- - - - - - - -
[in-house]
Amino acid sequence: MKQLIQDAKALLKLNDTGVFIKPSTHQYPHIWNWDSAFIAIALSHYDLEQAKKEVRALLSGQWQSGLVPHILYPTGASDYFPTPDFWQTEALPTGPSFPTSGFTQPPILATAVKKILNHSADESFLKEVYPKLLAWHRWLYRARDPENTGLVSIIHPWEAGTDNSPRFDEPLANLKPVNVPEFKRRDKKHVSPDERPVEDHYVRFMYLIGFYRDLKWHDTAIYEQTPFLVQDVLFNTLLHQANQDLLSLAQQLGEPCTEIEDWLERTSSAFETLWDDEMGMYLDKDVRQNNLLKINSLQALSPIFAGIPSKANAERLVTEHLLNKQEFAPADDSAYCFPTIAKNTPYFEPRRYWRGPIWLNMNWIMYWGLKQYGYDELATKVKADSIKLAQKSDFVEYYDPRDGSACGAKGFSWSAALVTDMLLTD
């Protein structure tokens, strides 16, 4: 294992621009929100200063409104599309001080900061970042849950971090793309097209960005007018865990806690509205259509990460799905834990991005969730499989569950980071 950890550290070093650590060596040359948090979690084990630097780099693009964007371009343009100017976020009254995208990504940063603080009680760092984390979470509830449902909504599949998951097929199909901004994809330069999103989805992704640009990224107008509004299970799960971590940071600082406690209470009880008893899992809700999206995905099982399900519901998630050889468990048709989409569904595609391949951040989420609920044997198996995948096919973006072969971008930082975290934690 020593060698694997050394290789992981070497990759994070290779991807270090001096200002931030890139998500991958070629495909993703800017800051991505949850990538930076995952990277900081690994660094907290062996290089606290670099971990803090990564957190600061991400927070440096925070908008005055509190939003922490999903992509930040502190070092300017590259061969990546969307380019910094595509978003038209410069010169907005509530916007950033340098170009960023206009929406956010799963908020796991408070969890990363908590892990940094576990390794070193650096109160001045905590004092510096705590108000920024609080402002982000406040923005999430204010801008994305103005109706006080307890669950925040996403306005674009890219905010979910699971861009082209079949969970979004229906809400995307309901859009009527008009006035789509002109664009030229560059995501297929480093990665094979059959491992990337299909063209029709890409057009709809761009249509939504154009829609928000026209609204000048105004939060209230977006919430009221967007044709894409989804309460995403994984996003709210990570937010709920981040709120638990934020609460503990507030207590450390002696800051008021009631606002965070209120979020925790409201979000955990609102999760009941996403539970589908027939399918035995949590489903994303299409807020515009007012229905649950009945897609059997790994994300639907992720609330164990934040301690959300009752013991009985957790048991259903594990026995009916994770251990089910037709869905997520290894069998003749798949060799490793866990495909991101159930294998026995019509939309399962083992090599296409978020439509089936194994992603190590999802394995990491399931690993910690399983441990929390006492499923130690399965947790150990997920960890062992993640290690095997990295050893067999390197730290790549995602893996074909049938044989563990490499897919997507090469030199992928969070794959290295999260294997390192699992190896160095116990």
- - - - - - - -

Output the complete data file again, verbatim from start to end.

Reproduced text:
[in-house]
Amino acid sequence: MKQLIQDAKALLKLNDTGVFIKPSTHQYPHIWNWDSAFIAIALSHYDLEQAKKEVRALLSGQWQSGLVPHILYPTGASDYFPTPDFWQTEALPTGPSFPTSGFTQPPILATAVKKILNHSADESFLKEVYPKLLAWHRWLYRARDPENTGLVSIIHPWEAGTDNSPRFDEPLANLKPVNVPEFKRRDKKHVSPDERPVEDHYVRFMYLIGFYRDLKWHDTAIYEQTPFLVQDVLFNTLLHQANQDLLSLAQQLGEPCTEIEDWLERTSSAFETLWDDEMGMYLDKDVRQNNLLKINSLQALSPIFAGIPSKANAERLVTEHLLNKQEFAPADDSAYCFPTIAKNTPYFEPRRYWRGPIWLNMNWIMYWGLKQYGYDELATKVKADSIKLAQKSDFVEYYDPRDGSACGAKGFSWSAALVTDMLLTD
């Protein structure tokens, strides 16, 4: 294992621009929100200063409104599309001080900061970042849950971090793309097209960005007018865990806690509205259509990460799905834990991005969730499989569950980071 950890550290070093650590060596040359948090979690084990630097780099693009964007371009343009100017976020009254995208990504940063603080009680760092984390979470509830449902909504599949998951097929199909901004994809330069999103989805992704640009990224107008509004299970799960971590940071600082406690209470009880008893899992809700999206995905099982399900519901998630050889468990048709989409569904595609391949951040989420609920044997198996995948096919973006072969971008930082975290934690 020593060698694997050394290789992981070497990759994070290779991807270090001096200002931030890139998500991958070629495909993703800017800051991505949850990538930076995952990277900081690994660094907290062996290089606290670099971990803090990564957190600061991400927070440096925070908008005055509190939003922490999903992509930040502190070092300017590259061969990546969307380019910094595509978003038209410069010169907005509530916007950033340098170009960023206009929406956010799963908020796991408070969890990363908590892990940094576990390794070193650096109160001045905590004092510096705590108000920024609080402002982000406040923005999430204010801008994305103005109706006080307890669950925040996403306005674009890219905010979910699971861009082209079949969970979004229906809400995307309901859009009527008009006035789509002109664009030229560059995501297929480093990665094979059959491992990337299909063209029709890409057009709809761009249509939504154009829609928000026209609204000048105004939060209230977006919430009221967007044709894409989804309460995403994984996003709210990570937010709920981040709120638990934020609460503990507030207590450390002696800051008021009631606002965070209120979020925790409201979000955990609102999760009941996403539970589908027939399918035995949590489903994303299409807020515009007012229905649950009945897609059997790994994300639907992720609330164990934040301690959300009752013991009985957790048991259903594990026995009916994770251990089910037709869905997520290894069998003749798949060799490793866990495909991101159930294998026995019509939309399962083992090599296409978020439509089936194994992603190590999802394995990491399931690993910690399983441990929390006492499923130690399965947790150990997920960890062992993640290690095997990295050893067999390197730290790549995602893996074909049938044989563990490499897919997507090469030199992928969070794959290295999260294997390192699992190896160095116990």